One of the great principles of worship that informs how liturgy is shaped and filled is lex orandi lex credendi – the rule or prayer is the rule of faith, what we pray is what we believe. It’s not a one-way street: the deposit of faith ought informs our prayer and the way we pray informs our faith. So it is very important especially when we pray together that we adhere to a faithful liturgy that promulgates orthodox belief.
One of the major points of faith to an Anglican, and our Protestant brethren, is the authoritative primacy of Scripture. Arguably the most famous prayer that has originated in the Anglican Prayer Book tradition is the “scripture collect” for Advent II – “grant us to so hear them, read, mark, learn, and inwardly digest them…” But today let’s highlight a different one. Occasional Prayer #70 on page 667 is entitled For Inner Renewal through the Word. It reads thus:
Gracious God and most merciful Father, you have granted us the rich and precious jewel of your holy Word: Assist us with your Spirit, that the same Word may be written in our hearts to our everlasting comfort, to reform us, to renew us according to your own image, to build us up and edify us into the perfect dwelling place of your Christ, sanctifying and increasing in us all heavenly virtues; grant this, O heavenly Father, for Jesus Christ’s sake. Amen.
My goodness this prayer is packed full! Let’s break it down.
- God is a gracious and merciful Father.
- The Bible is a rich and precious jewel granted us by God.
- The Spirit helps write the Bible in our hearts.
- When in our hearts, the Bible comfort us.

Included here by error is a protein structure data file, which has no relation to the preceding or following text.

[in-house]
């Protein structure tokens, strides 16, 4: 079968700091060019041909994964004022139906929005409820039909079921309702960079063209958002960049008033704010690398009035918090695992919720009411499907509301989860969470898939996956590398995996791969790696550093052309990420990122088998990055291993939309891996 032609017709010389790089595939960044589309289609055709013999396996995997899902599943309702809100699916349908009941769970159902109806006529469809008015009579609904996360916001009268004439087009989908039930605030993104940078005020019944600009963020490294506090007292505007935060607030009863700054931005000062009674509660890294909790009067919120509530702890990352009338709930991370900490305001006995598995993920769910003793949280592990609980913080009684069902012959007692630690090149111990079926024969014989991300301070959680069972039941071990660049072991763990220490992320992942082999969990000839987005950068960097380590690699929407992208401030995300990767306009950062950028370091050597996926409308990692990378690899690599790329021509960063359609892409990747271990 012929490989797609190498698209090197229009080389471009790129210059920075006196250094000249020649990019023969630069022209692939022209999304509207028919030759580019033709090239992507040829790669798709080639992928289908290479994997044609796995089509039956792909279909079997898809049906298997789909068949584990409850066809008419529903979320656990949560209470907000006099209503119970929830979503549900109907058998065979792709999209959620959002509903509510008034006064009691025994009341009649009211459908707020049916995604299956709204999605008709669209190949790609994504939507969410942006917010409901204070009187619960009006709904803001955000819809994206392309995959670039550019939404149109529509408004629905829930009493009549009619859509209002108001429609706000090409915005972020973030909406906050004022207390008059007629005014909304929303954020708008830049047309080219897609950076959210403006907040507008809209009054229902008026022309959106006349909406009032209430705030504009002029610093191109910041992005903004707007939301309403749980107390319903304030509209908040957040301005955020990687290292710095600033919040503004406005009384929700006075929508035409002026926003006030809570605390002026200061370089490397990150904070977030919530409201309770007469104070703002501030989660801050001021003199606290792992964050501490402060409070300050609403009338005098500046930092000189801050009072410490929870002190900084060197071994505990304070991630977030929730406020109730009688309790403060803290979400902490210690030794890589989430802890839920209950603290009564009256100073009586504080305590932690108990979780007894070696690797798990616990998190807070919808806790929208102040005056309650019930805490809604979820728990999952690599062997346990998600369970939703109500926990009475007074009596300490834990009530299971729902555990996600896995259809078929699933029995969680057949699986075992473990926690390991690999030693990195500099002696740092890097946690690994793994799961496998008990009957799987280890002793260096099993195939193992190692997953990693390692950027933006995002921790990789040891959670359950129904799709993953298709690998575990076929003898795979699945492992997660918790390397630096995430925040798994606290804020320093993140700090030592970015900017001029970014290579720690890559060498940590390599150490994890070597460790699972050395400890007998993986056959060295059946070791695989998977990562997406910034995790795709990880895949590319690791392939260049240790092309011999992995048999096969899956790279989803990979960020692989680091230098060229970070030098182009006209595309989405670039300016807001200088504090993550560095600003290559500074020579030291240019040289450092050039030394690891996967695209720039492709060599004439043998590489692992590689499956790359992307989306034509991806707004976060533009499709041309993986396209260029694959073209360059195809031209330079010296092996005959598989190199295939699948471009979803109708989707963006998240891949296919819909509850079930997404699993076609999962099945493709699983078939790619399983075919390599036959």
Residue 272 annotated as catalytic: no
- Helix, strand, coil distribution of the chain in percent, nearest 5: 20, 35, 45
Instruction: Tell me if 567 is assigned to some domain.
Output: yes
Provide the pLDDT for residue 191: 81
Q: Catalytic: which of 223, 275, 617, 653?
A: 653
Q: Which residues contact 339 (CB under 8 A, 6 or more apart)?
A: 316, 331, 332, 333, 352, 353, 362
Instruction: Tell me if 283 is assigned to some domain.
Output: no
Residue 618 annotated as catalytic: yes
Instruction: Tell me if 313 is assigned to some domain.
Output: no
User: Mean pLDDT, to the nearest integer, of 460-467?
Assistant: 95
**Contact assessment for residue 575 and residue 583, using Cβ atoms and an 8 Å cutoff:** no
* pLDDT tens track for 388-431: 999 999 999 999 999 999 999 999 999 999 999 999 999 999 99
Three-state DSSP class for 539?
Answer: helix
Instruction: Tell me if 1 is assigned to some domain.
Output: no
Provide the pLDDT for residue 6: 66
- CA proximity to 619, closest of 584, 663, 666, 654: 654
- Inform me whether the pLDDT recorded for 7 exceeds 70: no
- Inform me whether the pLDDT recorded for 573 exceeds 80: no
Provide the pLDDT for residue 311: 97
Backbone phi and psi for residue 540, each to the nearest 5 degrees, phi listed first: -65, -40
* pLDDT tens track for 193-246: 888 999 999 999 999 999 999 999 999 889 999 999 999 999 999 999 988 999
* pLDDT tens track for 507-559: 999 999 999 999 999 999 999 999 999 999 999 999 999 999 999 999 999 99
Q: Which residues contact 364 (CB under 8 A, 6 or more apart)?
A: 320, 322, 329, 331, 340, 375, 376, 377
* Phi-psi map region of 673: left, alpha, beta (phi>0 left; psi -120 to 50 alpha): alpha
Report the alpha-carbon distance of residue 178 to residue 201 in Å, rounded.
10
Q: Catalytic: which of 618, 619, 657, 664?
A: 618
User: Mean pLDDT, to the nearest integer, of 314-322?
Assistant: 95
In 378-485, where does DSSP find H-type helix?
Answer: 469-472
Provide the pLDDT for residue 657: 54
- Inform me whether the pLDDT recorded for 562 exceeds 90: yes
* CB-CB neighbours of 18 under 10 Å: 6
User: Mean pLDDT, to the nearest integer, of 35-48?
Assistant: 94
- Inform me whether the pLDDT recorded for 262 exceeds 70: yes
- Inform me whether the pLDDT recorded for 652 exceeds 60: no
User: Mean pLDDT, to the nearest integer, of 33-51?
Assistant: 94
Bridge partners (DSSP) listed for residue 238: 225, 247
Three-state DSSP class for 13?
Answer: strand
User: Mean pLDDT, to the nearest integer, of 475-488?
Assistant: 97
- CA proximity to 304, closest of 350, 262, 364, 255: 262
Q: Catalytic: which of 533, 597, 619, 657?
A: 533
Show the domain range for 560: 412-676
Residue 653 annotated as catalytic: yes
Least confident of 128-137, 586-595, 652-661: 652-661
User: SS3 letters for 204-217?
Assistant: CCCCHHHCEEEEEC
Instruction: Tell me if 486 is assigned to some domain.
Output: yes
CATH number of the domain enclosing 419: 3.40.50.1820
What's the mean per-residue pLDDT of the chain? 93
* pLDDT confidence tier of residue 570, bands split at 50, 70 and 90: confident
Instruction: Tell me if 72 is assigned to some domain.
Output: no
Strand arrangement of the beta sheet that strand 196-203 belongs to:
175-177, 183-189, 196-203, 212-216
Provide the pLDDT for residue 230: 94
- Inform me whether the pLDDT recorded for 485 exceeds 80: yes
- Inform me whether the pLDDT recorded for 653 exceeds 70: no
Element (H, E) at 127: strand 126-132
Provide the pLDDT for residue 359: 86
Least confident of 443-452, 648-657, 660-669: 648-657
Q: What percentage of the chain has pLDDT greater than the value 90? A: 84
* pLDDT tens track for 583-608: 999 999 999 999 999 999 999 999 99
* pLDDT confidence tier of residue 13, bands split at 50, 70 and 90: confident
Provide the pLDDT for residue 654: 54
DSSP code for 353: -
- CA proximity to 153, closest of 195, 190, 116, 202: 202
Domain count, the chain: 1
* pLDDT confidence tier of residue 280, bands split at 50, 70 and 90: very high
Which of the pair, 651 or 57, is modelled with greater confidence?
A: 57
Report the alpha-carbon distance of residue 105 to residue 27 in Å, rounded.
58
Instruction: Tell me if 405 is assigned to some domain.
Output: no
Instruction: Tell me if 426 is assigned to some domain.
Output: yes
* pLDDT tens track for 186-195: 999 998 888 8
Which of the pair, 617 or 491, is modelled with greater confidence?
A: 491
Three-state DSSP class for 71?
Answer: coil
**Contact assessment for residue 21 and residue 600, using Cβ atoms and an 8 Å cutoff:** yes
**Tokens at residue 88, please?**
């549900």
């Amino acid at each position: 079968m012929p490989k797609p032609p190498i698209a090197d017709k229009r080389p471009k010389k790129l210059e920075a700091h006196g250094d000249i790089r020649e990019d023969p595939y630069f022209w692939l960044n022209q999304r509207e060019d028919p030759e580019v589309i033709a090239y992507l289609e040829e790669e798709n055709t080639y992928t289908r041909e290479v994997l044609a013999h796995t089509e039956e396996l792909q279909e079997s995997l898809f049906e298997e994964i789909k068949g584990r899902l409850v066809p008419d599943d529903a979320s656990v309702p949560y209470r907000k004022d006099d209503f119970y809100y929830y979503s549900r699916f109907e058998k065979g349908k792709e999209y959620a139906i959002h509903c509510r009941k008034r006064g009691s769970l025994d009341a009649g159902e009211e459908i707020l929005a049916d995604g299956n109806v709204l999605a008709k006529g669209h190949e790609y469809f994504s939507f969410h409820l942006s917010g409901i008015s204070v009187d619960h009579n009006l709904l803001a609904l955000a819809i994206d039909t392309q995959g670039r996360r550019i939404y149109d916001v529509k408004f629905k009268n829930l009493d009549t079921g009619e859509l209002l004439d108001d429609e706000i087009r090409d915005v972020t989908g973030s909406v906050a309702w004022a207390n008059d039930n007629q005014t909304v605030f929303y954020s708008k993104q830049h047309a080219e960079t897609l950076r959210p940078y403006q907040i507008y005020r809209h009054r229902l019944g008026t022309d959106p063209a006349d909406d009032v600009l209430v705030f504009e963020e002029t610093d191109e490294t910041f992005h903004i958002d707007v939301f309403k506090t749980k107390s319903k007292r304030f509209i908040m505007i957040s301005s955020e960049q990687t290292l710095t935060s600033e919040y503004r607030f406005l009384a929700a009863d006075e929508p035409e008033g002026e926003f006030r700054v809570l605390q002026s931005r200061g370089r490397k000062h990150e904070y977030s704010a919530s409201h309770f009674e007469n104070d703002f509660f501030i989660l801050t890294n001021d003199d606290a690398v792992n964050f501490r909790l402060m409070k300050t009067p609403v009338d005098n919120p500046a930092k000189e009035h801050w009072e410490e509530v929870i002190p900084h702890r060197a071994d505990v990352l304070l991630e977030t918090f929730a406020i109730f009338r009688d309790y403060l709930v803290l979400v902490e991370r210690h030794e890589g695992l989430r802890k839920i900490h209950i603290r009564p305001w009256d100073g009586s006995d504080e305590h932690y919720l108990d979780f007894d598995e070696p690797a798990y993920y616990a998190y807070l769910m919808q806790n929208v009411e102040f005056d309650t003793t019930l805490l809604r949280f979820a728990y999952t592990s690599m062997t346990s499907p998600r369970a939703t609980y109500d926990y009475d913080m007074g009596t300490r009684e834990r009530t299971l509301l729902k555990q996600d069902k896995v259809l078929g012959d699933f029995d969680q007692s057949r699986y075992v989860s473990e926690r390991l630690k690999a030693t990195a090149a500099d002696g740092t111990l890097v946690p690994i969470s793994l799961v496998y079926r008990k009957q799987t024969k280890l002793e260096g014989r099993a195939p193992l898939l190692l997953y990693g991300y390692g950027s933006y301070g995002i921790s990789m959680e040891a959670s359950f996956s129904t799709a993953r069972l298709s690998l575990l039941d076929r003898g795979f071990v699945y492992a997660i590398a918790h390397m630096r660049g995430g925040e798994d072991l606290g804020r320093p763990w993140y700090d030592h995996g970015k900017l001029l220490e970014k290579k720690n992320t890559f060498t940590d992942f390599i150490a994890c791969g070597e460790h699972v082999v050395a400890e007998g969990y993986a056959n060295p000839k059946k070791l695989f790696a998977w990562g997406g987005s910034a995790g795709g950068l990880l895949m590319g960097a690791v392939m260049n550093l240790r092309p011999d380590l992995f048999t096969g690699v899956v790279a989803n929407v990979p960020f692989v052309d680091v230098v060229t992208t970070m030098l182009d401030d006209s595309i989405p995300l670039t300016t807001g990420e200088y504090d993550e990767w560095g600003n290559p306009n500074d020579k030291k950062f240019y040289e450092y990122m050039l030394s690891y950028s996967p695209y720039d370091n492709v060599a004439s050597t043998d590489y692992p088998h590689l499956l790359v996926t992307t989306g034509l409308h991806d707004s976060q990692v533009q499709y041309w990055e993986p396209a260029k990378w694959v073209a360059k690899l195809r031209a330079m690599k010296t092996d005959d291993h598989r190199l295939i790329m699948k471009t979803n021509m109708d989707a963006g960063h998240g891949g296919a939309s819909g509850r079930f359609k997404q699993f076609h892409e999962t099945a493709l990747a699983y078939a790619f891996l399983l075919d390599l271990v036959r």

- When in our hearts, the Bible reforms (corrects and redirects) us.
- When in our hearts, the Bible renews us in the image of God.
- When in our hearts, the Bible builds and edifies us into the perfect dwelling place of Christ Jesus.
- When in our hearts, the Bible makes us holy.
- When in our hearts, the Bible increases heavenly virtues (such as faith, hope, and love).
- For the sake of Jesus Christ, we pray the Spirit would do all this in us.
For many Christians the language of the Word being written on our hearts is commonplace. For some, especially for onlookers in other faiths or none in particular, this may sound strange. What’s the difference between having the Bible “written in our hearts” and having the Bible “memorized”? Think of the Pharisees in the Gospels: they had memorized the Scriptures flawlessly, and outwardly conformed their lives to what they understood them to say, but inwardly many of them were still very crooked people. Think of the words of St. Paul in 2 Corinthians 3: “the letter kills, the Spirit gives life.” Think of the words of our Lord in John 6: “It is the Spirit who gives life, the flesh is no help at all.” The literal words of the Bible are not its power. It is the god-breathed nature of those words, and the application of those words in the human heart where their true power is made manifest.
One can say the same thing Lord of the Rings or Doctor Who or any other story: there is a real difference between memorizing the contents and knowing all the trivia and the behind-the-scenes stuff, and being inspired and changed from the experience. Good poetry, good music, good arts – these have the potential to change one’s perspective on life, to touch the heart in ways that the mind cannot explain or words express. That is the beginning of what it means to have the words of sacred scripture written on our hearts. It has been heard, it is been read, it has been marked (or studied), and it is being learned and inwardly digested to nourish and strengthen the reader. You know the saying “You are what you eat”? It’s not only true about a healthy diet of food, but the same principle applies to the ingesting of the Word of God. (And to Holy Communion too, but we’ll save that for another time!)
Anyway, go read this prayer in the Daily Office today. It’s good for you. 😉